Get to Know City Hall

Get to Know City Hall

City of Beverly Hills is a small city relatively accessible to stakeholders. But concerning issues like transportation policy, the obstacles to making our city bike-friendly are maddening. Political capture is the culprit: for too long a small circle of influential citizens and business exercised outsized influence over city policy. That is changing, however, as councilmembers like John Mirisch and Lili Bosse make priorities of good government and transparency. Read on for more about how City Hall works, or simply consult our handy cheat sheet of city officials to know where to direct your inquiry.

Navigating City Hall

The first step is to figure out which department handles the issue that is of concern. Refer to the organization chart to see how the city says it is organized.

In Beverly Hills the City Manager has responsibility for the day-to-day running of the city. The City Council makes the policy (our five members represent every district in the city in an at-large system) and hires the manager. And our departments implement the policies and programs.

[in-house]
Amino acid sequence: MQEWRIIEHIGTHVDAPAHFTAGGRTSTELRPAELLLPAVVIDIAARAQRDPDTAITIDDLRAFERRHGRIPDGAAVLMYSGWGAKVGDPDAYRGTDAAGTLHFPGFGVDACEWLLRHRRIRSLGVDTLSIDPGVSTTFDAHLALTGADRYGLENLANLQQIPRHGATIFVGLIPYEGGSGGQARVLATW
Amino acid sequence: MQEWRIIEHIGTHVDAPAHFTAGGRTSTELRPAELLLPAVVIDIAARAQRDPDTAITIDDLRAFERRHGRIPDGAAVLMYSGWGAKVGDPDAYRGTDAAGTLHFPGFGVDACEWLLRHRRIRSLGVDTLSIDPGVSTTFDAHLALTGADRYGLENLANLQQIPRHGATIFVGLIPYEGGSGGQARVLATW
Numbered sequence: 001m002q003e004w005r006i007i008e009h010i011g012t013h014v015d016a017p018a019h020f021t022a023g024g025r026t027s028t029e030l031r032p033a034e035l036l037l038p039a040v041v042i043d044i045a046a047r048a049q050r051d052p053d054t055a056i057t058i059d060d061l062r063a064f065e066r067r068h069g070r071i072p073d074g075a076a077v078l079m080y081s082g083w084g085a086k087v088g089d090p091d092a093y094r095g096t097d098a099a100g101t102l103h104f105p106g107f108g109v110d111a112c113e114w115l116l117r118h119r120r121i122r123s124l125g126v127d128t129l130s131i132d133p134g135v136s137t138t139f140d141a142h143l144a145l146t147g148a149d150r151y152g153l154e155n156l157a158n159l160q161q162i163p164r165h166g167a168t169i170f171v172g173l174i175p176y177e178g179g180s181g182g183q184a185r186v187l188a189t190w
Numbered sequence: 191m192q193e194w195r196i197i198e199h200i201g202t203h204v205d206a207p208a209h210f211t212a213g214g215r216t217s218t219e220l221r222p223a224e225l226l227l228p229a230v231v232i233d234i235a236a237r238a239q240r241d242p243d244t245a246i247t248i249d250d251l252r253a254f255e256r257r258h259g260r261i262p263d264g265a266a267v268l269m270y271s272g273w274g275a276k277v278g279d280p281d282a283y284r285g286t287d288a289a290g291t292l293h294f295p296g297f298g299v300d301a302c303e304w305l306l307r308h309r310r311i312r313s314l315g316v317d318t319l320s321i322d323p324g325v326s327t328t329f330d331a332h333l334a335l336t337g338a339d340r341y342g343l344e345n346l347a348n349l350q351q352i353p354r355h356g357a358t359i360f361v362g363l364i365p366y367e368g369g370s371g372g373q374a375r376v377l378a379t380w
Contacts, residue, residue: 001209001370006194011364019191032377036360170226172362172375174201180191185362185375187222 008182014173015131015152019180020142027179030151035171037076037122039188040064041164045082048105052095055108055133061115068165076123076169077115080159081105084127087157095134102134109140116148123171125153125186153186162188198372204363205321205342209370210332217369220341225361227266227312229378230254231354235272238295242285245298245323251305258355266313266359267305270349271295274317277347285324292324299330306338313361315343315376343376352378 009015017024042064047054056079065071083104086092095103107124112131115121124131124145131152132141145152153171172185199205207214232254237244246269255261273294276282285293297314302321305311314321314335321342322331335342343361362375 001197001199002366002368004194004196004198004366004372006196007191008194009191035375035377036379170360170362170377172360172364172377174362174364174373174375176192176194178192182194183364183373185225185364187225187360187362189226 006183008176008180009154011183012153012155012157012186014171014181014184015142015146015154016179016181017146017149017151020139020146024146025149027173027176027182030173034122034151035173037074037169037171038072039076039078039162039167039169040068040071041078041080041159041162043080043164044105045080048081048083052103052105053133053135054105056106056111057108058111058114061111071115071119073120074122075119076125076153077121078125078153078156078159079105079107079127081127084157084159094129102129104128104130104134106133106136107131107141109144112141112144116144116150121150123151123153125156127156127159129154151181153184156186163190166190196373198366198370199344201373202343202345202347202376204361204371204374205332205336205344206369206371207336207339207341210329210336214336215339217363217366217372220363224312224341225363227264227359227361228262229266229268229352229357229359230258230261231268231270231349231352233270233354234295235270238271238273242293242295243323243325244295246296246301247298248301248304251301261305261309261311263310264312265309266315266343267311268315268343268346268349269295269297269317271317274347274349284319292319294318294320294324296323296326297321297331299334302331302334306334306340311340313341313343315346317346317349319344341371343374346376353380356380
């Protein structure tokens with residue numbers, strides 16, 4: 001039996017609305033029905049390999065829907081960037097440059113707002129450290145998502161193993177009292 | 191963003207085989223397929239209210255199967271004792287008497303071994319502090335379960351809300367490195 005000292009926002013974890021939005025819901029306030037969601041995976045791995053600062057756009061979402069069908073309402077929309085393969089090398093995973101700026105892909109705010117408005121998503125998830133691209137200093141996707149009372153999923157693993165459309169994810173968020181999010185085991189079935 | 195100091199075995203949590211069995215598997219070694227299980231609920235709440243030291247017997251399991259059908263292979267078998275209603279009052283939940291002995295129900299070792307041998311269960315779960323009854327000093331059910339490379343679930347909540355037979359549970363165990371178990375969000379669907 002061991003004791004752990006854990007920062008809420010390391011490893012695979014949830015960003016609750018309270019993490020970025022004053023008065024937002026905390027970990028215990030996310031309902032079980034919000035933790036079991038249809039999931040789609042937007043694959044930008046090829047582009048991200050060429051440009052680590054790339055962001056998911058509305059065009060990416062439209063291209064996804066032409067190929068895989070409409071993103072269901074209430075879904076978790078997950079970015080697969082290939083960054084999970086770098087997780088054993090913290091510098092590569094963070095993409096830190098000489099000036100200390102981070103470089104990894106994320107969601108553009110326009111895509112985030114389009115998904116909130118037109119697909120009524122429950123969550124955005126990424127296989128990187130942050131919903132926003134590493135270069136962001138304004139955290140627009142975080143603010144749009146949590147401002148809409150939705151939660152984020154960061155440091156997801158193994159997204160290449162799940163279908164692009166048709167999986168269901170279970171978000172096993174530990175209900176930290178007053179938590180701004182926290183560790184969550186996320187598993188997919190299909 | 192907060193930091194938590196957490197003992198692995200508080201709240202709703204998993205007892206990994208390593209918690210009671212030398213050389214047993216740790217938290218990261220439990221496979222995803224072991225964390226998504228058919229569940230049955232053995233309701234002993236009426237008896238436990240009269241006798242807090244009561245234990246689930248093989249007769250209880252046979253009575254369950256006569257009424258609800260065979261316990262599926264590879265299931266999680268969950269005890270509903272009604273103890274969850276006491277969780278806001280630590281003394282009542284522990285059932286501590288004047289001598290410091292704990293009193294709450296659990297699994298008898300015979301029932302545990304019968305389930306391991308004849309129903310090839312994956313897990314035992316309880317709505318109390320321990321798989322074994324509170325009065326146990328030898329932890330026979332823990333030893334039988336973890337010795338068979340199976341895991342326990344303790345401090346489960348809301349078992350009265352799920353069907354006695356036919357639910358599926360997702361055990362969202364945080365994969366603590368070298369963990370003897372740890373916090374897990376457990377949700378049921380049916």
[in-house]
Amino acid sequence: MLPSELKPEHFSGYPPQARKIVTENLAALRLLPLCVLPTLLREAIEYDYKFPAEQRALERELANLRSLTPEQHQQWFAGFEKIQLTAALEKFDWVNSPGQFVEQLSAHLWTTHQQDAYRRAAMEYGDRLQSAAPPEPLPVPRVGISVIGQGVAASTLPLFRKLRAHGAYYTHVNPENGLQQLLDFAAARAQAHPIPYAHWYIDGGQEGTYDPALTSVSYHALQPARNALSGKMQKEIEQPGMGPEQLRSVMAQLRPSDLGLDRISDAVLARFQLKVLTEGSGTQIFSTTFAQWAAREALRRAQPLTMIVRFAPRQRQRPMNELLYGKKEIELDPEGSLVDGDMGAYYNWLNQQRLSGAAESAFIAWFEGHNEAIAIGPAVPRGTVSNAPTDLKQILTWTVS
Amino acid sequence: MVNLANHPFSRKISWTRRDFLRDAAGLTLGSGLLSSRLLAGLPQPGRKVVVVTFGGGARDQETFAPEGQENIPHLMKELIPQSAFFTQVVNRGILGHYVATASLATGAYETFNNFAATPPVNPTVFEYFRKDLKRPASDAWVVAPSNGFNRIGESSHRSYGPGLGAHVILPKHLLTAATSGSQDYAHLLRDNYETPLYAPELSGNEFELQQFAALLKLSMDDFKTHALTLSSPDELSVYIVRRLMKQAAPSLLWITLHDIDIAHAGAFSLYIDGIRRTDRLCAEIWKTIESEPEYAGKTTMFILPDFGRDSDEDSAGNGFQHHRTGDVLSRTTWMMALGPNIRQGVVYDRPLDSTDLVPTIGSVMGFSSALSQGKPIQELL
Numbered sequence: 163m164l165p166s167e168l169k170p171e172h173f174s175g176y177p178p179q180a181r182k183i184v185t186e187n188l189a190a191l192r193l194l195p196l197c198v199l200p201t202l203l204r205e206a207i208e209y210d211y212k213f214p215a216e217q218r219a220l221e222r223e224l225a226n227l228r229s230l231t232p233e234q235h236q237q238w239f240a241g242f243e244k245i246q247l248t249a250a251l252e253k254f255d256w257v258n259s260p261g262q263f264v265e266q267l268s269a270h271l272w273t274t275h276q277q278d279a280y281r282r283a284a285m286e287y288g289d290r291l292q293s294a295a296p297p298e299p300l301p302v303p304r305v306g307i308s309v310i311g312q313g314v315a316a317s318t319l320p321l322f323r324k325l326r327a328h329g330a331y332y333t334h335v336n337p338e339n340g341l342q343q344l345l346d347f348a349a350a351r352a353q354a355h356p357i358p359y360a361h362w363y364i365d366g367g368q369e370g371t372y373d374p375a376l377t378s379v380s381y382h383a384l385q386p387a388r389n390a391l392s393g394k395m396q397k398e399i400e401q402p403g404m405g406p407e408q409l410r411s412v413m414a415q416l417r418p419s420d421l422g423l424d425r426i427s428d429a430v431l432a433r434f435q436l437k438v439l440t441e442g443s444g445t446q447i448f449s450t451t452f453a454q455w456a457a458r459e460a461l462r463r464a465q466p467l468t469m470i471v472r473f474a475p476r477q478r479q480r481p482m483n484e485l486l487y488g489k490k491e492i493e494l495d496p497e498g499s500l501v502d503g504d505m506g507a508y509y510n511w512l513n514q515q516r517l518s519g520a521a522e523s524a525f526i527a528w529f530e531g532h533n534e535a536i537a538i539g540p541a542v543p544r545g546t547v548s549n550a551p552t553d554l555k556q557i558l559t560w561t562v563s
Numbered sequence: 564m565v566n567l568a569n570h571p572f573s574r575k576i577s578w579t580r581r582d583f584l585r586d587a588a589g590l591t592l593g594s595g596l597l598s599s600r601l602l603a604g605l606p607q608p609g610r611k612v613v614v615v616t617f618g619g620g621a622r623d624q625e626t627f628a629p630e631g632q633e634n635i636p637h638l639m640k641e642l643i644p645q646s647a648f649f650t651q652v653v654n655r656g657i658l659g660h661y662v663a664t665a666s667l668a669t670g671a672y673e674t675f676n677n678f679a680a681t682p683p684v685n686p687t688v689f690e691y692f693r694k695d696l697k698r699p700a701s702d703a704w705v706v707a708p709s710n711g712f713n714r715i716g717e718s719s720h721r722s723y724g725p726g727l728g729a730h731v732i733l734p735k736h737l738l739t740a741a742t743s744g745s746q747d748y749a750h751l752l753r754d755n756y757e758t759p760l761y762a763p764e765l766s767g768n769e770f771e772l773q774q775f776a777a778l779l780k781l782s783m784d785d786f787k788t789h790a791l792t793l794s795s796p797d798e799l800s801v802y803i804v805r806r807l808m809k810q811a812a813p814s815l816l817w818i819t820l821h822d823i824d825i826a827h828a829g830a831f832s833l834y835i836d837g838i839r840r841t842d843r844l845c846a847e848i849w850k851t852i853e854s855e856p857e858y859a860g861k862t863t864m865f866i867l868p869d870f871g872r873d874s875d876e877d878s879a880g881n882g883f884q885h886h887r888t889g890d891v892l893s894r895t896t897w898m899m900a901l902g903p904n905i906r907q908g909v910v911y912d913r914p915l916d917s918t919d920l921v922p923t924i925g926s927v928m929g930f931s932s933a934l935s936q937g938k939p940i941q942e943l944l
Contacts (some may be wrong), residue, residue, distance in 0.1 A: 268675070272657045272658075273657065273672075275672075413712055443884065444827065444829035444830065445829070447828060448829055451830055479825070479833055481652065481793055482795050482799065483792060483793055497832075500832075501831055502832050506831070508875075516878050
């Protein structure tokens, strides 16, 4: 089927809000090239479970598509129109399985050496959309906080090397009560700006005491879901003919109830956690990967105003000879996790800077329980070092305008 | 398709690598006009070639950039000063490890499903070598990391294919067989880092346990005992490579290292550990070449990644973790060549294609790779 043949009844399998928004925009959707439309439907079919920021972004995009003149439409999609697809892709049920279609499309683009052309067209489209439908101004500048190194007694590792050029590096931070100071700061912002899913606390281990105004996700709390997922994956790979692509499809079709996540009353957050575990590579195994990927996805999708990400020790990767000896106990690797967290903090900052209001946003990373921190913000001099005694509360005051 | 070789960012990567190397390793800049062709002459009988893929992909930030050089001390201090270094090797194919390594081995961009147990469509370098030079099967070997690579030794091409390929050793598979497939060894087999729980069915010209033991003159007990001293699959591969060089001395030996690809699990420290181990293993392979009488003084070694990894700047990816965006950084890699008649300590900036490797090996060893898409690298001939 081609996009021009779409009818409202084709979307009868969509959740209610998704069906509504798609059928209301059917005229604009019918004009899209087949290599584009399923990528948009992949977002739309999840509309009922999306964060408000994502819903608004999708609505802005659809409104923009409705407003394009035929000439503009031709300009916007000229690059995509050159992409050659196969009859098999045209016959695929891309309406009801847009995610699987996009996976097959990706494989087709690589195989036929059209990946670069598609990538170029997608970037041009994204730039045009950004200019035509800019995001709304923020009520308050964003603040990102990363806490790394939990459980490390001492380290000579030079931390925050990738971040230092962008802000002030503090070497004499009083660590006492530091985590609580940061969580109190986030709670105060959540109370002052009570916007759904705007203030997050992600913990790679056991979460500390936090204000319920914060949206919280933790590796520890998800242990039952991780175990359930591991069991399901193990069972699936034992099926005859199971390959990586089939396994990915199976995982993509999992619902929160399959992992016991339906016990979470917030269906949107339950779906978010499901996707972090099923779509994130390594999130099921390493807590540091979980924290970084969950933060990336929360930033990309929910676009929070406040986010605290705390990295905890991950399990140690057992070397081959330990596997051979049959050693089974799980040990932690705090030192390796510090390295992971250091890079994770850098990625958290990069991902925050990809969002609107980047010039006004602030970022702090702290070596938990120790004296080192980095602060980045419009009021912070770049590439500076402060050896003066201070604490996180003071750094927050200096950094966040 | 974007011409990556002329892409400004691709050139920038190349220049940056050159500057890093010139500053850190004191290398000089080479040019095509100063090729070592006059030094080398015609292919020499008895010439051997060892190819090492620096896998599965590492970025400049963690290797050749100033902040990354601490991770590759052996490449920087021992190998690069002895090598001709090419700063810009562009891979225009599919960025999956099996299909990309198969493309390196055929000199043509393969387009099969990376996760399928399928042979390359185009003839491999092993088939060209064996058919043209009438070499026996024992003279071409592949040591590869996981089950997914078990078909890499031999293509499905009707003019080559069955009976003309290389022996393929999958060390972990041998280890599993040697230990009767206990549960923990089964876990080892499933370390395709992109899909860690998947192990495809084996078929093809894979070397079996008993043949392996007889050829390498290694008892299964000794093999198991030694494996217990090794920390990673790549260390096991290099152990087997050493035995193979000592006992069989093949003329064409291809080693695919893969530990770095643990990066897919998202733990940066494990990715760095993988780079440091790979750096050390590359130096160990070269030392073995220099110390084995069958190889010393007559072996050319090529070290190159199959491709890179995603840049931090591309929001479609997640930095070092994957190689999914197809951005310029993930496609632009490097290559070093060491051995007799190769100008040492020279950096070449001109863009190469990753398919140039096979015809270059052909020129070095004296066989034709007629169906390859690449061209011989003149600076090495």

Commissions are merely advisory to City Council (with the exception of the Planning Commission which is a policy-making body).
A rough metaphor is that the Council runs the railroad; the City Manager makes the trains run on time; and the commissions & committees do the engineering.

Where mobility issues are concerned, Traffic & Parking Commission is the place to begin. It advises City Council on traffic and parking issues. Have a specific complaint? Introduce yourself to the Commissioners during public comment; describe your issue; then follow up with staff. Follow-up is key. Without persistence nothing will happen. Traffic & Parking meets once per month on the first Thursday at 9 a.m. Public comment comes near the beginning.